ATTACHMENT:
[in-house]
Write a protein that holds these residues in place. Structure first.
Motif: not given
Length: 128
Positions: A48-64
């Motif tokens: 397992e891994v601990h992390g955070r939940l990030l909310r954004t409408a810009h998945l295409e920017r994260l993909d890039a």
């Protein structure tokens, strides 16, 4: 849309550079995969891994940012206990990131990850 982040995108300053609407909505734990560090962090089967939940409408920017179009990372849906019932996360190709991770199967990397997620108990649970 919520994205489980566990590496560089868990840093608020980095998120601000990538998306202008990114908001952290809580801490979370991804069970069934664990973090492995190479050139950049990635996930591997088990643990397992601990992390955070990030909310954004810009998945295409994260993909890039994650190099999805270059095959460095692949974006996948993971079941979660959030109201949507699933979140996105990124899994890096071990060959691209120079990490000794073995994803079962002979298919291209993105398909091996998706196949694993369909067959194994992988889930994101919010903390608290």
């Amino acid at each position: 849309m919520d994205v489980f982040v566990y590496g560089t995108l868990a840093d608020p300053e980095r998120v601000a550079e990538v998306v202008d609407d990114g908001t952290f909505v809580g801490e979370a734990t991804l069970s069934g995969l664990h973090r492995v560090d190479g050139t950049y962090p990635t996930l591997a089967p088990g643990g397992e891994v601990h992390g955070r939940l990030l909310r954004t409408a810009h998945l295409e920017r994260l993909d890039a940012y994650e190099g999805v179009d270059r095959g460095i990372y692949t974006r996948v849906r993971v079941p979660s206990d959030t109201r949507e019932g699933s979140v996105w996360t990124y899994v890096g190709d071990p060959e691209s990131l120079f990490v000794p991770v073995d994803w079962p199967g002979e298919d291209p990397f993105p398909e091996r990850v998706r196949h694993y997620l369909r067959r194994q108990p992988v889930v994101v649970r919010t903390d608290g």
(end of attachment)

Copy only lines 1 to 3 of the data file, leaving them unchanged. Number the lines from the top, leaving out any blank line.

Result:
[in-house]
Write a protein that holds these residues in place. Structure first.
Motif: not given